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REDUCING RISKS FOR Mental Disorders: FRONTIERS FOR PREVENTIVE INTERVENTION RESEARCH socioeconomic indexes, Rice and colleagues have estimated that for 1990 the totals were over $66 billion for drug abuse, $98 billion for alcohol abuse, and $147 billion for other mental illness (D. Rice, personal communication, April 1993). The concomitant cost in human suffering and lost opportunity is incalculable. Mental and physical health are closely linked, and beyond the costs just described, the contribution of mental health to physical well-being has to be considered. Physical disorders can cause serious mental disorders, and physical disorders can have their origin in psychosocial processes (IOM, 1982). Studies estimate that 60 percent of visits to physicians for medical symptoms are due in part or whole to psychosocial problems (Regier, Goldberg, and Taube, 1978), and the frequency of diagnosable mental disorder found in studies of general practice ranges from 11 to 36 percent (Eisenberg, 1992; Barrett, Barrett, Oxman, and Gerber, 1988). In a comparison of the functioning of patients with depression and patients with chronic medical conditions, only chronic heart disease produced more disability than depressive symptoms (Wells, Stewart, Hays, Burnam, Rogers, Daniels et al., 1989). Contrary to the current rigid arbitrary separation of research on mental and physical disorders, the human condition is one in which the mental and physical processes inexorably intertwine. Despite enormous expenditures attempting to contain the problem of mental illness, it is estimated that only 10 to 30 percent of those in need receive appropriate treatment (DHHS, 1991; IOM, 1989; NMHA, 1986). Thus it is time to take a fresh look at prevention to see if it can be made to function as a full partner with new treatment approaches in addressing our nation's mental health care crisis. A NEW EMPHASIS ON PREVENTION: OPPORTUNITIES AND STRENGTHS Several forces are coming together to enhance the timeliness of a new emphasis on research to prevent mental disorders. As is detailed in the chapters to come, the knowledge base for preventive interventions, which had been scanty in the 1960s, has undergone a remarkable expansion, fueled by a considerable research effort within the past decade. Fundamental advances in our understanding of the biological substrates and genetics underlying numerous mental disorders and of the role of environmental factors in the onset of specific disorders have been made. There is also a promising variety of new interventions that offer a much more optimistic view for the future of prevention of some specific mental disorders.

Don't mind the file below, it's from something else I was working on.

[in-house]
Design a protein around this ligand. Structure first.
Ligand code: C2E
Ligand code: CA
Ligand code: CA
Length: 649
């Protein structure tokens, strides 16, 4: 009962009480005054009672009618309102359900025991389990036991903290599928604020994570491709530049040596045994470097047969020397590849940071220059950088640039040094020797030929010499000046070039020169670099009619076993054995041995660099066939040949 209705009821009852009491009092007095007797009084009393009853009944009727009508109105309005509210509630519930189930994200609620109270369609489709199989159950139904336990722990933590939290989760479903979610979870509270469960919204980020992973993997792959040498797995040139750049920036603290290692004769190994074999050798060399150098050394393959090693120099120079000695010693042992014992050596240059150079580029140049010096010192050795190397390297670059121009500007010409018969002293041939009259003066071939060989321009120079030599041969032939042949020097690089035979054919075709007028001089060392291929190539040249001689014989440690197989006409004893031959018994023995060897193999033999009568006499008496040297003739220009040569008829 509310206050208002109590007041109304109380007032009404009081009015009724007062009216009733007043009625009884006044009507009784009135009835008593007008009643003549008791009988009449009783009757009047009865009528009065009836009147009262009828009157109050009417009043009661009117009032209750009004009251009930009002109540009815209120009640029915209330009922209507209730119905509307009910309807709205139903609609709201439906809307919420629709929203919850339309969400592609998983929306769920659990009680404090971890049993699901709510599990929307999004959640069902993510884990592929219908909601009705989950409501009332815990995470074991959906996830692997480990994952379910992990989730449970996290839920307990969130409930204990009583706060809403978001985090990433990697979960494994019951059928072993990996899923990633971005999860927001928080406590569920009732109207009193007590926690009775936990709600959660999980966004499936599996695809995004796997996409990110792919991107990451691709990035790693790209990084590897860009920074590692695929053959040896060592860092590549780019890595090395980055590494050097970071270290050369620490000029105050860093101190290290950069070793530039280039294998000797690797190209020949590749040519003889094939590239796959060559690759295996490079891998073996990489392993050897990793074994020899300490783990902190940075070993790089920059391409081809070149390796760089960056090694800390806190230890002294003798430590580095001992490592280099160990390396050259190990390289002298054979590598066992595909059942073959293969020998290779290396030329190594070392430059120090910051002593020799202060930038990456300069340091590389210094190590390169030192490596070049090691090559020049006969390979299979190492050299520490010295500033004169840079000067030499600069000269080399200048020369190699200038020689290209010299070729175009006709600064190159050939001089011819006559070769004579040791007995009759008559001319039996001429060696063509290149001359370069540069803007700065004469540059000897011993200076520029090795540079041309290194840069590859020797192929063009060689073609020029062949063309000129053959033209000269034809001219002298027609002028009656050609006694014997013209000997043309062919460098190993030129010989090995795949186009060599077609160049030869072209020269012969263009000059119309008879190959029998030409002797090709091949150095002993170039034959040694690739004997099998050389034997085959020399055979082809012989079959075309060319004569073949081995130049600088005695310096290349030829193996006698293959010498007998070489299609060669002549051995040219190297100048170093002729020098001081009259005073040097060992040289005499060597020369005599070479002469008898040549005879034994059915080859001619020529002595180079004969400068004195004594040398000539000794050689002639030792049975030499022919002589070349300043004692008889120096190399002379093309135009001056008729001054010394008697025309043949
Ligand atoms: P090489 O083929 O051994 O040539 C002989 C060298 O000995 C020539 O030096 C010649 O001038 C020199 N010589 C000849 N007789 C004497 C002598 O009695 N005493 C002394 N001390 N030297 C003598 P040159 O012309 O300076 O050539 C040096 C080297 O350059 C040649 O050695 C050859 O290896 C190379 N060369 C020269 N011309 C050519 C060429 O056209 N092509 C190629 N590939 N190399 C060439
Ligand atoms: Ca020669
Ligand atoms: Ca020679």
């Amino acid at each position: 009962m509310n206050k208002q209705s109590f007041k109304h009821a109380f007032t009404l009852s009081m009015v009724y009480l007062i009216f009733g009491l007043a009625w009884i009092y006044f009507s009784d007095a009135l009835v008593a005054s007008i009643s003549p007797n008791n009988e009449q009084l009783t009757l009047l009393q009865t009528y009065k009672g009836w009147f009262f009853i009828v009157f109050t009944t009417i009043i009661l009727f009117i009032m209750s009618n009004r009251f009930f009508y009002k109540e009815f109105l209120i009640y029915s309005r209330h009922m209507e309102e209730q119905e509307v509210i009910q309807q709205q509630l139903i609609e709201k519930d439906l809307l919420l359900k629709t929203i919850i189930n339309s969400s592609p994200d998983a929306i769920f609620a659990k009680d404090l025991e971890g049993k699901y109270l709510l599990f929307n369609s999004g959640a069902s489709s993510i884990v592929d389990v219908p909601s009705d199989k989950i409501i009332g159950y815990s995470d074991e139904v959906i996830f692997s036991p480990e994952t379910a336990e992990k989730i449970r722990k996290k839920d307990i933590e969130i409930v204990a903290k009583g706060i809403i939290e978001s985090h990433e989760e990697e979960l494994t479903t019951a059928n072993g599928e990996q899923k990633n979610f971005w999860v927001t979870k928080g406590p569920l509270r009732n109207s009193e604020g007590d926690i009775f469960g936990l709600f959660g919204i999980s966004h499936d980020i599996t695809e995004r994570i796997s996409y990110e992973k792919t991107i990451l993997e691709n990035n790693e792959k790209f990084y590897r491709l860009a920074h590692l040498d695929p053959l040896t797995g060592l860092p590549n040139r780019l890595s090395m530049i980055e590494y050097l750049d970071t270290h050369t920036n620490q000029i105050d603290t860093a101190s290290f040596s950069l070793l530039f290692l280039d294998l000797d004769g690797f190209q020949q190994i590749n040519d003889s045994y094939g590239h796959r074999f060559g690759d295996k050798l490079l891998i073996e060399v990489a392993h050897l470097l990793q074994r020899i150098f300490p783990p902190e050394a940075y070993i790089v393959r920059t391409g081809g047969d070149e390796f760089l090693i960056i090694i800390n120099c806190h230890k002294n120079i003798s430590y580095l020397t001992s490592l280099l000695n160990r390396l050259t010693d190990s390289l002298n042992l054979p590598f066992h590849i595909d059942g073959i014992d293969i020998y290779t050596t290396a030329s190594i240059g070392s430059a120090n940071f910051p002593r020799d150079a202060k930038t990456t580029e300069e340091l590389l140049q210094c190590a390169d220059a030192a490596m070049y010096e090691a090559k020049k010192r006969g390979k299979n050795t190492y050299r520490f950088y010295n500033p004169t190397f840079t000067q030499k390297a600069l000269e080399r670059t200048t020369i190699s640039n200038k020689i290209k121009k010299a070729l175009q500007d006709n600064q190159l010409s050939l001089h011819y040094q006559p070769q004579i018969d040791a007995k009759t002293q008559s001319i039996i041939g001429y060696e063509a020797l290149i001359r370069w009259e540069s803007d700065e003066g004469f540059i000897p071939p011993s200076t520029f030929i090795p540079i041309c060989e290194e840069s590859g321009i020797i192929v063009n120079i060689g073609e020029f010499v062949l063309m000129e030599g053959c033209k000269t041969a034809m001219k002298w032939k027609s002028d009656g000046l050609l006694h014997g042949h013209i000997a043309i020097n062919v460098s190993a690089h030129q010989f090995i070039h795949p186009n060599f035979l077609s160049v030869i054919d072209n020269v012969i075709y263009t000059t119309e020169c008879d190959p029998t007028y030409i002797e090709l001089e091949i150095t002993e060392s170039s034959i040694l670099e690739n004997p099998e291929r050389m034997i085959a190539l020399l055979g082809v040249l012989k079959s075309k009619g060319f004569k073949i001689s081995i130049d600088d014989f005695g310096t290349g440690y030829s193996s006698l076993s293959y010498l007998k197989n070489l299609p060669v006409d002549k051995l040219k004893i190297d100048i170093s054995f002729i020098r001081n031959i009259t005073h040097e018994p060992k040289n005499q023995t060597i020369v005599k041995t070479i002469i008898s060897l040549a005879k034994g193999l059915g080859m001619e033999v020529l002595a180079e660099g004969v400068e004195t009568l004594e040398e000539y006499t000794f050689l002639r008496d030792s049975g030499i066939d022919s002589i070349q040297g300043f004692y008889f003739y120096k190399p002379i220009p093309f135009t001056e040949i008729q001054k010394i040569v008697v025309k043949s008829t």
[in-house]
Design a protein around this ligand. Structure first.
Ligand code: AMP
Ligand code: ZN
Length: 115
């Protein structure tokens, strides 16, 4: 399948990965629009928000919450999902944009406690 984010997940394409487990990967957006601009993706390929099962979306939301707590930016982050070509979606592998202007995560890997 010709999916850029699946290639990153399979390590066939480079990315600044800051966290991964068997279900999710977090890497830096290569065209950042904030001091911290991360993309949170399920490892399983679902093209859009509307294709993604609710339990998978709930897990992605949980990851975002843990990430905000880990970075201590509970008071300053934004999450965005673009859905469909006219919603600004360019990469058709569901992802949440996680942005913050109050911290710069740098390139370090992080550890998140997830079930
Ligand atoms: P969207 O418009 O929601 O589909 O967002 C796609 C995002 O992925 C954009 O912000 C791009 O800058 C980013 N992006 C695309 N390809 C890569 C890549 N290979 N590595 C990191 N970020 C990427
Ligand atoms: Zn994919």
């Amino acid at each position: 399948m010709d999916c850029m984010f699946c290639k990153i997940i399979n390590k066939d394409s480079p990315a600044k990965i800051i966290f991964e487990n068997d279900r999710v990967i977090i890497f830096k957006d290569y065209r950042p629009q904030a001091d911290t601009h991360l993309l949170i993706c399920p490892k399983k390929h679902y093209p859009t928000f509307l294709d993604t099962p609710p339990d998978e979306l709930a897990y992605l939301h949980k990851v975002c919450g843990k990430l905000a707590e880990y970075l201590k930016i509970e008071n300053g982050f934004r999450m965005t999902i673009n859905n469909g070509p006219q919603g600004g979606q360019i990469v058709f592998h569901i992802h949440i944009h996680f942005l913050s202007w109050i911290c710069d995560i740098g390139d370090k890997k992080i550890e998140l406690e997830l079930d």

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REDUCING RISKS FOR Mental Disorders: FRONTIERS FOR PREVENTIVE INTERVENTION RESEARCH The concept of risk reduction is at the heart of prevention research. Risk factors are those characteristics, variables, or hazards that, if present for a given individual, make it more likely that this individual, rather than someone selected from the general population, will develop a disorder (Werner and Smith, 1992; Garmezy, 1983). In this report a broad definition of risk factors is used, encompassing biological (including genetic), psychological, and social factors in the individual, family, and environment. Recent research has demonstrated that many at-risk individuals also have variables in their background or life that serve as protective factors. A well-documented description of the interplay between risk and protective factors is a critical scientific first step in establishing successful preventive intervention programs. Such a description is now available for some disorders, and research is under way to identify such factors for a number of others. The next step is to identify causal risk factors that may be malleable, that is, that can be altered through interventions. Then the effects of these interventions are tested in systematic, empirical, and rigorous ways, most often in preventive intervention trials. This step also contributes to the fundamental knowledge base through the determination of causality and malleability. One way to determine causality and malleability of risk factors for specific disorders is through examination of preventive interventions aimed at a single factor or a cluster of factors. If risk factors can be decreased or in some way altered, and/or if protective factors can be enhanced, the likelihood that at-risk individuals would eventually develop the mental disorder would decrease. This risk reduction model is widely used for prevention of physical illness. As described in Chapter 3 of this report, to prevent physical disorders due to complex multiple causes, such as cardiovascular disease, the strategy is to determine risk factors and then to target interventions to such risk factors or to people with these risk factors. As with any disorder with multiple causes, it is difficult to document that any specific physical illness can be prevented in a given individual by risk reduction. However, indirect evidence from matching trends of risk reduction across populations with decreases in mortality or morbidity in groups that have changed behaviors is highly consistent with this theory, and results are encouraging. For example, through behavioral changes in diet and smoking, declines in the risks of morbidity have been achieved. The study of mental disorders is at the stage where the knowledge base is comparable to the knowledge base prior to the large trials in the prevention of physical illnesses. Because of the power of the risk reduction model, this report is entitled Reducing Risks for Mental Disor-